But as it turned out, production was only one of HIPP's concerns.
Among the experts appointed to the panel was Bill Herrmannsfeldt, who had worked for 40 years at the Stanford Linear Accelerator Center. Herrmannsfeldt, by his account, began his research by typing the word "hafnium" into the Google search engine. One of the hits concerned the Argonne experiment, which led him to the Jasons' study, and then the IDA study, all questioning the original Collins experiment. He saw the ominous shadow of cold fusion creeping in through the crack of a Pentagon door. It was all there for him: the incredible claims, the immediate doubt and, most important, the inability of independent researchers to successfully repeat the original experiment.
His doubts became stronger when HIPP members met to discuss the production issues. Collins made a presentation to the panel, criticizing the Argonne experiment, and yet no members of that experiment had been invited to the meeting. Herrmannsfeldt said he tried to discuss his doubts about the science with Stickley and Khan, but to little avail. "I begged Khan to invite the critics, maybe I even threatened him, because this was really dangerous, even worse than I thought it would be," he said.
Frustrated by the lack of response from DARPA, Herr-mannsfeldt spearheaded a campaign to undermine the very project he was supposed to help move forward. His anger peaked with an August 13, 2003, letter written directly to Stickley at DARPA and Khan at the Department of Energy. Signed by five members of the HIPP panel and 10 experts in the field, Herrmannsfeldt's letter urged another review of hafnium triggering.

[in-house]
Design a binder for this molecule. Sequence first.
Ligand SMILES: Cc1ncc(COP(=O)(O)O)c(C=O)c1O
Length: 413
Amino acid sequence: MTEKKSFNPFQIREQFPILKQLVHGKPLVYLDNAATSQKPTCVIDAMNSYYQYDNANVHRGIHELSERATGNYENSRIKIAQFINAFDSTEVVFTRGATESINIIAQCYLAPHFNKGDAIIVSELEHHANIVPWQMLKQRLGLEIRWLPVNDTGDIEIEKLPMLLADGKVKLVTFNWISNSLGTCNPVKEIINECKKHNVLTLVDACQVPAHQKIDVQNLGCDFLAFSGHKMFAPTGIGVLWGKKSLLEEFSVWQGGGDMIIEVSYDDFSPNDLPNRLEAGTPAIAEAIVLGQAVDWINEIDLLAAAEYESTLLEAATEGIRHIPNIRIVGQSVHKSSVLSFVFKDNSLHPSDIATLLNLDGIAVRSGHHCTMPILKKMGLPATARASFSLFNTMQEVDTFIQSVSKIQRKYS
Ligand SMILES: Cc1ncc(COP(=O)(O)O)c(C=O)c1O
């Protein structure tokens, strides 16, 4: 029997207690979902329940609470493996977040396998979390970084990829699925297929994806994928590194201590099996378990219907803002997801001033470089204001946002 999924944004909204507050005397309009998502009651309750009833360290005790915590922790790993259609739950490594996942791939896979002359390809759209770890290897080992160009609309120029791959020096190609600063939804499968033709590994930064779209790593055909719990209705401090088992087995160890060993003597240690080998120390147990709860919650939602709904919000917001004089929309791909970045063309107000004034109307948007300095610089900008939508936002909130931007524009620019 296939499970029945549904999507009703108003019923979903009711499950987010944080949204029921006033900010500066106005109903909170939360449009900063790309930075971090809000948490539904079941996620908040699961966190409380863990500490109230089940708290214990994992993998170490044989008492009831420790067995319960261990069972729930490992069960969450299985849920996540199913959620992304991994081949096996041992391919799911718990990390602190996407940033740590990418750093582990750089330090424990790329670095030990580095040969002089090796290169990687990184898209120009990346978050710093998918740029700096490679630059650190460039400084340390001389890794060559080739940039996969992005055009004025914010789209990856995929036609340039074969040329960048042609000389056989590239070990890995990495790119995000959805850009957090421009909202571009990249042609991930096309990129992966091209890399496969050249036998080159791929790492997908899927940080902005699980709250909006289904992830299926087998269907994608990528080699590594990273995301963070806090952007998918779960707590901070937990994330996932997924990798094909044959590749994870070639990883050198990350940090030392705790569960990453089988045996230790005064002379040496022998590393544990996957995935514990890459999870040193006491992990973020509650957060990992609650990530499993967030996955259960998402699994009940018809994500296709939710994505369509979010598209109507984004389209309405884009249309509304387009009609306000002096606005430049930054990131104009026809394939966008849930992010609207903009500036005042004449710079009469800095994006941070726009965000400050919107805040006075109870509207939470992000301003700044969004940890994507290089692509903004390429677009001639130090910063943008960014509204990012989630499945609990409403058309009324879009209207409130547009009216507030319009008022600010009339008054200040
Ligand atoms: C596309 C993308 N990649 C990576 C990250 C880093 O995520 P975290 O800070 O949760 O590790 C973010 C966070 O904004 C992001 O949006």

In Washington this January for another HIPP meeting, Herrmannsfeldt spoke calmly and softly about his concerns. He jotted down equations to show how DARPA would never get any useful energy out of hafnium. He talked about the reviews and competing experiments. He acknowledged his political concerns about the program -- he calls hafnium "the mother of all dirty bombs" that would entice other countries to build nuclear weapons -- but he based his argument on science. "I complained about the lack of respect for scientific advice, major reviews such as the Jasons and IDA," he said after the latest meeting. "Martin [Stickley] then came back and not very politely told me DARPA was above such things, and 'could ignore any publicity' around the program."
The end result of the panel's meeting, according to Herrmannsfeldt, was that Khan and Stickley were enthusiastic that production costs could be brought down. The program would go on.
'High Risk, High Payoff'